For many years I just couldn't get around to replacing the pink curtain because I was so disappointed that you can't find any plain pink shower curtains anymore, and I liked that plain pink color.  It gave the "pinkness" to the room which was otherwise mostly white.  Every time I looked for a new curtain, I didn't find what I wanted and just gave up.

Many years ago I decided to do certain things differently than most people.  About 23 years ago I bought shower curtain advertised as not needing "liners".  These were made of heavy organic cotton.  I hate plastic liners because they look ugly themselves, are impossible to clean, and complicate the shower curtain system.

Sometime years later I replaced the shower curtain in the King's bath, but in the Queen's bath I'm not sure I ever did.  It was the original Organic cotton curtain in pink.  (Or perhaps it was a replacement I got in 2007, I'm not really sure anymore.)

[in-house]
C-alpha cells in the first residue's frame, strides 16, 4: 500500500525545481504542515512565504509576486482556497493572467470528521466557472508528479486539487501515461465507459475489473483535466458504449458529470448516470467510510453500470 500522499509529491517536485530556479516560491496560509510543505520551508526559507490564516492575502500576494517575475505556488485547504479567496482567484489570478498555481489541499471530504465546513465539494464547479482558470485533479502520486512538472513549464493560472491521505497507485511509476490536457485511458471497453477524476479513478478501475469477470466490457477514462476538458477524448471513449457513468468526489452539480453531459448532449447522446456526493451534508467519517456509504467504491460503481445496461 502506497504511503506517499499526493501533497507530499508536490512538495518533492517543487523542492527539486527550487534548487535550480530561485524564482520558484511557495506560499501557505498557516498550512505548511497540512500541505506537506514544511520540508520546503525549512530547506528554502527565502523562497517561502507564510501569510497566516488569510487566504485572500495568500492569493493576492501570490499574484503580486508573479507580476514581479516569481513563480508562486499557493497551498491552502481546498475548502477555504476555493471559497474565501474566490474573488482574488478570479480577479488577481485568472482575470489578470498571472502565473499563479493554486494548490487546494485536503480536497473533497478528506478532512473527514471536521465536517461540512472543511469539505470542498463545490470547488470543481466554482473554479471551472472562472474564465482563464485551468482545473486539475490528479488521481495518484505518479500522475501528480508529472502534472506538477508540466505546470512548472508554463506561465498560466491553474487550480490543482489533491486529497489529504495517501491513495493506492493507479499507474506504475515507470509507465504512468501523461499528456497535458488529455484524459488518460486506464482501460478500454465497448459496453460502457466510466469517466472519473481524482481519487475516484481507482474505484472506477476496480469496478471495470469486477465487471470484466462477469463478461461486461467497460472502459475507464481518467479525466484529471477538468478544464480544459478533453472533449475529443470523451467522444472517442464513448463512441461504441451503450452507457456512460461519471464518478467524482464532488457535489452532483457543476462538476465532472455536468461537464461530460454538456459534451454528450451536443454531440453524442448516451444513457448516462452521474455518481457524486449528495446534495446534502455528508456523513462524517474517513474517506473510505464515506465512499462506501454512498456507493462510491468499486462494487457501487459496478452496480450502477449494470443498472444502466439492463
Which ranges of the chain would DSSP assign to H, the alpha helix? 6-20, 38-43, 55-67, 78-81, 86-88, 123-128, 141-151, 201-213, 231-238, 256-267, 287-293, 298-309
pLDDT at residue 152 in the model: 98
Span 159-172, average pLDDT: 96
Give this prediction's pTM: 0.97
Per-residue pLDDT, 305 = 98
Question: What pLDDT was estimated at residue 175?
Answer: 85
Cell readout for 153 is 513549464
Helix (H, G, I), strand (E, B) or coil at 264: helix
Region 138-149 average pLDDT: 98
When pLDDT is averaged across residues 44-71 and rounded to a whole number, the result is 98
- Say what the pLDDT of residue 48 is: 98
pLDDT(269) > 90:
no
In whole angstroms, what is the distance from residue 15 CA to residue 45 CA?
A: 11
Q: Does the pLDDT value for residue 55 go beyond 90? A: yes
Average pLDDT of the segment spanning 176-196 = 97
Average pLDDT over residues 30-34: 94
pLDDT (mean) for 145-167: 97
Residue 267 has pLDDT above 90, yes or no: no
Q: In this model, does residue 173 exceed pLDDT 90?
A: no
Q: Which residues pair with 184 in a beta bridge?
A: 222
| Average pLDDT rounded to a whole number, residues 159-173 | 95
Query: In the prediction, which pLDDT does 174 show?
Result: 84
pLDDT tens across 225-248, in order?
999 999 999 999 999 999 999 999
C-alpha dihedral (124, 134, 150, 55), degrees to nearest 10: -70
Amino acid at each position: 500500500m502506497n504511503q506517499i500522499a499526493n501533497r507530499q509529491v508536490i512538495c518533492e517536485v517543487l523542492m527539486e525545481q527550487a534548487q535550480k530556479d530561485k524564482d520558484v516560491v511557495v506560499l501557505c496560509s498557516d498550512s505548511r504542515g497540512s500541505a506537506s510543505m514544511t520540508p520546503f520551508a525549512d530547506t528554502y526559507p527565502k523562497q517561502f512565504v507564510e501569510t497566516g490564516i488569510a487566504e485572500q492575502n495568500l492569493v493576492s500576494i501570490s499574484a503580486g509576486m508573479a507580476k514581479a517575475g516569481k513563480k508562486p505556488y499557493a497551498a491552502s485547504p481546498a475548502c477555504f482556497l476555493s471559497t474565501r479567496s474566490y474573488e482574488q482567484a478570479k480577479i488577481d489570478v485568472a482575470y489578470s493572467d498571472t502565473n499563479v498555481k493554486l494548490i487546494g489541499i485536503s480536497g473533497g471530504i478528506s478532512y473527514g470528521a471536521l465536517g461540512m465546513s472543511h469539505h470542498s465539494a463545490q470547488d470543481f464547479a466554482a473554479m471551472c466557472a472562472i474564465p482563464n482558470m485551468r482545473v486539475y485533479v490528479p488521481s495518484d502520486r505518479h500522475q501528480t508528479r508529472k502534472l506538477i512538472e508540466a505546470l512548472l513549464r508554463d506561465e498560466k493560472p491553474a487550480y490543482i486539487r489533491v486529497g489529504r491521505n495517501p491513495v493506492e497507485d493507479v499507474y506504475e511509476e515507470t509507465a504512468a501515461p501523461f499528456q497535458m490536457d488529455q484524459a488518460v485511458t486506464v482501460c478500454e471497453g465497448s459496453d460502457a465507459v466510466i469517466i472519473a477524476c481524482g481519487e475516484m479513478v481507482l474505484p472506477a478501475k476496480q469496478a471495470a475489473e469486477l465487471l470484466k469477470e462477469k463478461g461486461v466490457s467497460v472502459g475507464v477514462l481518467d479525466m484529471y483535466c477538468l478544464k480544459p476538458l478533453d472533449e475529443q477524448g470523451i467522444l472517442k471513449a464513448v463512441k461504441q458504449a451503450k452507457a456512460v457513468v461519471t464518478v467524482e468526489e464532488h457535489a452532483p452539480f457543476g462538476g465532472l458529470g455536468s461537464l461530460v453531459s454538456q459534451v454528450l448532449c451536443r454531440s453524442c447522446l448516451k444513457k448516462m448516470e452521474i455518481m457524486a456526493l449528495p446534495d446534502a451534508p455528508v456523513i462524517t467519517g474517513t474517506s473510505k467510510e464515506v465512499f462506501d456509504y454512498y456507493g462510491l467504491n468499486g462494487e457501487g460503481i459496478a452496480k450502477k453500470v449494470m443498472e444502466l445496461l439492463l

So I never replaced the curtain for two reasons: 1) because I couldn't find a plain pink curtain anymore, and 2) because I figured you needed some special kind of curtain not to need to use a plastic liner.

Well the experience in the King's bath proved that the curtain doesn't need to be super special anyway.  The linerless curtain there was a relatively light and almost transparent curtain now.  Yet it perfectly traps the water.  (Oh, yes, when going without a liner you put the curtain inside the tub.  If you wash the curtain every so often you won't have any trouble with mildew.  I've had very few problems with spotting over the years, and I'd usually go years (!) between washing the shower curtain.  Recently I hadn't been washing the shower curtain at all because I didn't want to put the damn thing in my washing machine, even with the Sanitize cycle, it was so awful.